We say that change is inevitable. But there is a place in Kannur that makes you doubt this popular belief, as change has not visited this place for the past 29 years. To know where this place is, we must visit K. P. Lakshmanan’s small tea shop in Kizhunnappara. Believe it or not, the price of tea and snacks in Lakshmanettan’s tea shop is still Rs 3; it is the same price he has been charging for tea and snacks since the shop’s opening in the year 1986. The food is the same and so is the price!
A true humanist and a communist, he never increased the price even during times when the prices of raw materials sky rocketed. Even though people offer him a minimum amount of Rs 5 for the mouth-watering items of this small tea shop, he refuses to take more than Rs 3 from the poor. The days start early here. When the clock ticks 6.00 in the morning, people start rushing to the shop to taste delicious native breakfast including puttu and kadalappuzhukku (black chickpeas and tapioca curry) omappodi, tapioca, and coffee made with jaggery.
Interestingly, the freshly cooked breakfast is served with hot news as the shop sells four popular daily news papers that help in creating an ambience for stirring up the political debates in the shop, which is a usual sight. Instead of being an active listener, Lakshmanettan neither interferes in the political debates of the shop, nor expresses his opinion. When people ask about his stand on the ongoing discussion, a simple smile is the answer. Lakshmanettan will not open the shop if there is a death in the vicinity and so is the case with marriages. He would be there in the respective houses, where his services are needed.
Looking back into the past, Lakshmanan was an active member of the Communist party of India since its inception in the state. He became a member of the Taluk Committee presided over by C. Kannan, while he was a worker of Kizhunna Ganesh Beedi branch. He had spent months in Kannur Central Jail following the agricultural agitations in the initiative of Vishnubharatheeyan in 1960. It was in the jail that he met Communist leader Gangadara Marar and later both of them became best friends.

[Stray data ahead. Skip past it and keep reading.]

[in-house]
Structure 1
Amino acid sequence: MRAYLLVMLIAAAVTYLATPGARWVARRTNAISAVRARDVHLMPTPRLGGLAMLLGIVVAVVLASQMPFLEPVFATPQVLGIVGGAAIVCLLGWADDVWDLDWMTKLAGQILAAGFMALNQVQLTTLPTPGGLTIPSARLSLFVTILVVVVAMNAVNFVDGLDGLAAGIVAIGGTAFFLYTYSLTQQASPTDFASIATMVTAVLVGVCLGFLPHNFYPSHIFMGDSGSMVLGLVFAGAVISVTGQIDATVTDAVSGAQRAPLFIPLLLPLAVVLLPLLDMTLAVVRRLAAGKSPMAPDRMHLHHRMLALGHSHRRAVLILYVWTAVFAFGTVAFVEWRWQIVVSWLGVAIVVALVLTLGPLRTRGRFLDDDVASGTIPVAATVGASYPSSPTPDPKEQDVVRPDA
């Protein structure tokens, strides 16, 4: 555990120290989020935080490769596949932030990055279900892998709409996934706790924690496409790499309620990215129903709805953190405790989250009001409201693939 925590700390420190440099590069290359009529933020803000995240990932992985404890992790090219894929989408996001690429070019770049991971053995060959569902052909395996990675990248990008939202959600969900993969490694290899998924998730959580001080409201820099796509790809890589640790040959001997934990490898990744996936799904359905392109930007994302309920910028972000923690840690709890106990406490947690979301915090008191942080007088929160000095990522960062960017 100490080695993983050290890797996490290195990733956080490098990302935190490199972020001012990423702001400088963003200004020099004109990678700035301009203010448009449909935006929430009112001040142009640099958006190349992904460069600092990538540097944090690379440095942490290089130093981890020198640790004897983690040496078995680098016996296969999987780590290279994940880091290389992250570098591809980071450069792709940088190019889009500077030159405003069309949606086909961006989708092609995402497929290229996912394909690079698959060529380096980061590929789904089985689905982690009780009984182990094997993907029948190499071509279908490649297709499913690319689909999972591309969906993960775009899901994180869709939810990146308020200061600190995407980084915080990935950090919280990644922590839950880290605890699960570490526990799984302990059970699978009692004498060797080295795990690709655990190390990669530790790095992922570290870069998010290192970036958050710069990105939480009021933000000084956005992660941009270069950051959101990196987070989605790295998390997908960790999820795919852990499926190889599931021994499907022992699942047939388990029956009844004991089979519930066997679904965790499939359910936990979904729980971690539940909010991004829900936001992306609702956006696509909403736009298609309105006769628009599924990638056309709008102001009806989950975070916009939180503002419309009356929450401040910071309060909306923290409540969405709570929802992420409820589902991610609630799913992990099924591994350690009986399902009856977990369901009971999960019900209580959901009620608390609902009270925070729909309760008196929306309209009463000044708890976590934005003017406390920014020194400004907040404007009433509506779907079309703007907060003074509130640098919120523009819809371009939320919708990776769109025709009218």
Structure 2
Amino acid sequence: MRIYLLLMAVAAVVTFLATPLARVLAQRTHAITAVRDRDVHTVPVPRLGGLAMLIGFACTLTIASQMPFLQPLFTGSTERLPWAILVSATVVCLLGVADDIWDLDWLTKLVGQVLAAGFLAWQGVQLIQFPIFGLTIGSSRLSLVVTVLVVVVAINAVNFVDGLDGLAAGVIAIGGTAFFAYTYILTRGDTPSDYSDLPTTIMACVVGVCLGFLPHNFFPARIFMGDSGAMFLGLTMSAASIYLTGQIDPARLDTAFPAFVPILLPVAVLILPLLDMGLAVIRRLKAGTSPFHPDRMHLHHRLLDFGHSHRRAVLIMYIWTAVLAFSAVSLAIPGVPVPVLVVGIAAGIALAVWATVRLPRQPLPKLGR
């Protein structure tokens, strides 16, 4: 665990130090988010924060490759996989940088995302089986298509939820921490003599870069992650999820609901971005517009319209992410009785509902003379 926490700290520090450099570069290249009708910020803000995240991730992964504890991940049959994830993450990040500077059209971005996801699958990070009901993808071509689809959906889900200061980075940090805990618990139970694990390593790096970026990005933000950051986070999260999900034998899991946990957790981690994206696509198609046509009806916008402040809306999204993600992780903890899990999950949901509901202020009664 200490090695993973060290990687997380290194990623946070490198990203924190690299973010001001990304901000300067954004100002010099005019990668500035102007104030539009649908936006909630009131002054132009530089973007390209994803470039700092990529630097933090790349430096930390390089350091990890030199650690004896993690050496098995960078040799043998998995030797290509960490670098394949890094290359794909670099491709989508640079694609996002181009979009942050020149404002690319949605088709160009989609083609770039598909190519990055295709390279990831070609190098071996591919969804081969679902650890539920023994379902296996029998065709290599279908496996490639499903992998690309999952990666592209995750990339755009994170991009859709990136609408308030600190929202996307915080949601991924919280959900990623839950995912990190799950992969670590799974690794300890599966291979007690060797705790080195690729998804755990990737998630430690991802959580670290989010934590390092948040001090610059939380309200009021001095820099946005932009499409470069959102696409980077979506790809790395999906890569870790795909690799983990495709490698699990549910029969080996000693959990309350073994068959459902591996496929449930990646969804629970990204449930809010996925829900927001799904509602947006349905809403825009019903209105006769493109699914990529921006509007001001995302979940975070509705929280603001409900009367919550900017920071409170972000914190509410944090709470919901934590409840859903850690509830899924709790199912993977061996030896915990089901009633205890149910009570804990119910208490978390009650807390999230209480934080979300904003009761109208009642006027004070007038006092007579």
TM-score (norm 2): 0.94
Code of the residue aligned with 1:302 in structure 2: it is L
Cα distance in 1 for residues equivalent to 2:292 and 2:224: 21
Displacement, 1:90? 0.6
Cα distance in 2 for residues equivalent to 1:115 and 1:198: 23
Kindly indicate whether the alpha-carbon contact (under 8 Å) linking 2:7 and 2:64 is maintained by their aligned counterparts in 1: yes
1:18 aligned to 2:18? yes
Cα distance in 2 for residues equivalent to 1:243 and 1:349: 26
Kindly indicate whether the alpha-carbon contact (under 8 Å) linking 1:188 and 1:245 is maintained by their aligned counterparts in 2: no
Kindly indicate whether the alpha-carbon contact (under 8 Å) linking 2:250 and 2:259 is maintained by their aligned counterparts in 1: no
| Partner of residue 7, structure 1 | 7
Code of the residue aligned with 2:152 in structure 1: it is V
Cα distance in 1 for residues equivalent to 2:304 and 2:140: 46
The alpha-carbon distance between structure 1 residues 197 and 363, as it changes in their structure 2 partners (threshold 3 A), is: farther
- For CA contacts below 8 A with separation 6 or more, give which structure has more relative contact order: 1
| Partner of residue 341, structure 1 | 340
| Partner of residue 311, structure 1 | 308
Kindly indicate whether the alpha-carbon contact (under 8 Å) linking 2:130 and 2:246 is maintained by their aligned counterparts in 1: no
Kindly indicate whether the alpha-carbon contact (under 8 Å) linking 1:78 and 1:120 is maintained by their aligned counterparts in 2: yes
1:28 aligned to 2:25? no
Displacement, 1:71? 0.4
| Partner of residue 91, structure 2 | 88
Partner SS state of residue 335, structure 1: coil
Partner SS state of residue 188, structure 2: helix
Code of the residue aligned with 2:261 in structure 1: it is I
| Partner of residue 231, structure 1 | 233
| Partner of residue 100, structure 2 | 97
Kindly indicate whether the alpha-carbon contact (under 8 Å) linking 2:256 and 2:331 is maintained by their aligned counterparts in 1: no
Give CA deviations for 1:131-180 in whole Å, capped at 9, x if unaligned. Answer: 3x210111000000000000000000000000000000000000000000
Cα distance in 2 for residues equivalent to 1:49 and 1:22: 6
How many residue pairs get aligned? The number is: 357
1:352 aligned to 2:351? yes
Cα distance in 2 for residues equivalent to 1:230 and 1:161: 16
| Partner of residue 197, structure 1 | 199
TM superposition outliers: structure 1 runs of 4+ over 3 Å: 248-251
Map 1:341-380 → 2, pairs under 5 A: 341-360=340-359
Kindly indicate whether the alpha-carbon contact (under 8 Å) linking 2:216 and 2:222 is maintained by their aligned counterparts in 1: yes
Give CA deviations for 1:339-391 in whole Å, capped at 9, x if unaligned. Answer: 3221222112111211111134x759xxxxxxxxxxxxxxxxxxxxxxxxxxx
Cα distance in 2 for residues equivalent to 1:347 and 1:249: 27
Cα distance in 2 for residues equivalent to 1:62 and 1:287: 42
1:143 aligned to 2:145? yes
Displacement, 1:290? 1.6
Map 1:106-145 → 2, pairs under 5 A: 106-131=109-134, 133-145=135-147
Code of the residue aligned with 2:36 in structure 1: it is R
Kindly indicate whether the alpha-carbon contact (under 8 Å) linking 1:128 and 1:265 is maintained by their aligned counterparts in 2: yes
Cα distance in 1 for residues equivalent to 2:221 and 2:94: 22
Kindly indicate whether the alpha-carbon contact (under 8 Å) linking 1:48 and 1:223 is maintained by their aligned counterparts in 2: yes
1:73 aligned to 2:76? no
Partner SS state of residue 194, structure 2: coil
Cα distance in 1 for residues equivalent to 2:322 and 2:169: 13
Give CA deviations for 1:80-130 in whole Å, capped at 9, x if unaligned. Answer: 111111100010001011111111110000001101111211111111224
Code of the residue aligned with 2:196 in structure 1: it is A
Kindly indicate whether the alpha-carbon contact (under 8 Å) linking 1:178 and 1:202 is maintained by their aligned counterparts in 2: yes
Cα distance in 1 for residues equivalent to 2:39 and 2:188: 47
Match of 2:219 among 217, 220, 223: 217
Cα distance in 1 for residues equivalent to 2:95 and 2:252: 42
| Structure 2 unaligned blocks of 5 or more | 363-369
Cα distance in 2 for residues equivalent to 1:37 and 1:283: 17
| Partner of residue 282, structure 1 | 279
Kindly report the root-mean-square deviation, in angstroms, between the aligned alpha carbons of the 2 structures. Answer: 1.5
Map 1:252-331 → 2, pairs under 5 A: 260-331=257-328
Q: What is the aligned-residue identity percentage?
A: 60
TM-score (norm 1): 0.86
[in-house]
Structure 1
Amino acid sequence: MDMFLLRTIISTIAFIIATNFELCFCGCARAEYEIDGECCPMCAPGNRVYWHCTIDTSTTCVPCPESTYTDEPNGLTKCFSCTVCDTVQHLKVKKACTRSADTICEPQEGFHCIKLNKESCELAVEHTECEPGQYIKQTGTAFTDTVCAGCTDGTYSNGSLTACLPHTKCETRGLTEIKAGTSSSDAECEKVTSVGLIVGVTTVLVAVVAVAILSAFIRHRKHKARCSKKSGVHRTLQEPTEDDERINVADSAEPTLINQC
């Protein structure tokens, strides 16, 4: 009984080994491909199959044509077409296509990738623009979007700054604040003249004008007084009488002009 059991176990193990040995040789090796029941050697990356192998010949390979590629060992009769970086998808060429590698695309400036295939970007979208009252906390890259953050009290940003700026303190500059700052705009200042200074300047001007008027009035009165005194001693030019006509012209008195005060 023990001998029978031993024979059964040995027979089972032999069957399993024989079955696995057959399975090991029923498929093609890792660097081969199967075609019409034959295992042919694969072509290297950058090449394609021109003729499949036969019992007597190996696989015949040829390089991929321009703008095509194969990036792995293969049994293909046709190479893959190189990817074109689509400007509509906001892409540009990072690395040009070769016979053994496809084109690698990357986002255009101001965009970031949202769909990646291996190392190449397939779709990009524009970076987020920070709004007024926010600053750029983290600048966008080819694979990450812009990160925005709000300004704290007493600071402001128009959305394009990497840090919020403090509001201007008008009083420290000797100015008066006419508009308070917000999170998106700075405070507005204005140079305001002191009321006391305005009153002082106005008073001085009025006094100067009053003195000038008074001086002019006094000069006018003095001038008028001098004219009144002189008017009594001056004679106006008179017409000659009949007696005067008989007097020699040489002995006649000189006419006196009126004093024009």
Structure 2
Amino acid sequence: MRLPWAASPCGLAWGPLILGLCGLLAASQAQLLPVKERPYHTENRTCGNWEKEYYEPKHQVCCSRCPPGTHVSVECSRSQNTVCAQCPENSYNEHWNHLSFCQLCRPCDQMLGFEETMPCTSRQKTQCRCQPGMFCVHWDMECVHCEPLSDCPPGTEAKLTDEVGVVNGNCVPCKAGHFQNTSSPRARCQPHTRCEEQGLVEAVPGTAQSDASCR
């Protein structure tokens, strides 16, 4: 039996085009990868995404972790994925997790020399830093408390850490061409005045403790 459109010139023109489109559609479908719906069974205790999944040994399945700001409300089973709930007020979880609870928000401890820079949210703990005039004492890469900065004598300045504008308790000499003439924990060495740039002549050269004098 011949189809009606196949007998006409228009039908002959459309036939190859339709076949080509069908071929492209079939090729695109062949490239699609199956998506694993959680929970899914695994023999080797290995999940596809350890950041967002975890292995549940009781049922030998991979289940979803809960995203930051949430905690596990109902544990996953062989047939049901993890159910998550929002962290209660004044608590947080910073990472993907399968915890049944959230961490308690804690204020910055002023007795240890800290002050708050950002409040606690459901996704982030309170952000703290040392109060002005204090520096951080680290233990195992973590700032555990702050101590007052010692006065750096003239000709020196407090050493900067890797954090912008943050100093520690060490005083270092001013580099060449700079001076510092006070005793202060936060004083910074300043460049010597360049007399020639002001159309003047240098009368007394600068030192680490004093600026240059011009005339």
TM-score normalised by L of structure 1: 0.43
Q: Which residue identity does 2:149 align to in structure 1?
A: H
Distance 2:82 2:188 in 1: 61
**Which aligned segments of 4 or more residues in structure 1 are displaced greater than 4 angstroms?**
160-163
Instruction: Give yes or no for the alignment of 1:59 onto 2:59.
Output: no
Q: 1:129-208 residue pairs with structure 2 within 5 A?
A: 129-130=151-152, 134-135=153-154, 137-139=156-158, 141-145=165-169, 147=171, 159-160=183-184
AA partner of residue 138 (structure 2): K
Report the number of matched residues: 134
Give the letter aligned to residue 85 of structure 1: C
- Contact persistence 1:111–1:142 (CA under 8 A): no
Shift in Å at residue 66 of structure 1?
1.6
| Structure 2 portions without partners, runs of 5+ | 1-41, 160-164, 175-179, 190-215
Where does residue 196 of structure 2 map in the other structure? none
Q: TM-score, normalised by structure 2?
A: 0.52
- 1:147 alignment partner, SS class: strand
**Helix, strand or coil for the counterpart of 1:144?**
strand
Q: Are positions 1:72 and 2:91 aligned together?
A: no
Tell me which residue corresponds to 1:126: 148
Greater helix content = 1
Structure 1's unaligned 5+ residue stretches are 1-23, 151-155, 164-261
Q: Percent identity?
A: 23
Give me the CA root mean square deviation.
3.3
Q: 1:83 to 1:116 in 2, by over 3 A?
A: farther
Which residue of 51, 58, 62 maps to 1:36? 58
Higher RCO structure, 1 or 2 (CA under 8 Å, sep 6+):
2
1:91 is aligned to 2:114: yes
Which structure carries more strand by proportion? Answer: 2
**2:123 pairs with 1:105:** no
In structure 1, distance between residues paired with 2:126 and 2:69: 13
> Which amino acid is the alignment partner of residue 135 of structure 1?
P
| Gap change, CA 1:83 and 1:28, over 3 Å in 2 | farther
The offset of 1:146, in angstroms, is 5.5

He remembers his mother had sent clothes for MLA, K. V. Narayanan in jail, recollects a clear picture of well-known freedom fighter Moyarath Sankaran, with whom he has involved in many a political initiative, getting arrested and the Police capturing Elakkuni Kunjiraman from Nadal Village.
Even though Lakshmanan withdrew himself from political activities when the Communist Party of India had a split in 1964, he could not stop himself from being the person he has eventually become. So, he continued the political activities in his own way. Even today, he takes charge of the culinary works when a marriage takes place in a poor family, in his village.
In this age, where unadulterated food has become a distant dream customers of Lakshmanettan are from different walks of life—there are fishermen, daily wage labourers, morning walkers, and so goes the list. All of them know that he will not increase the price, so they never ask, but give him what he deserves to get; when they leave the tea shop, it is not just the tummy that is filled with the yummy food, but their hearts as well as they experience the extent of humility he possesses and compassion this man has towards his fellow beings.
K. P. Lakshmanan resides in Kizhunnappara, 'Sheejalayam' with his daughter Sheeja and sons Pradeesh Babu and Rajesh. The story of Lakshmanan, fondly known as 'Lakshmanettan' by the people, reminds us of the fact that one needn't have to be involved in party politics to be political or to be a practicing believer of one's own ideologies.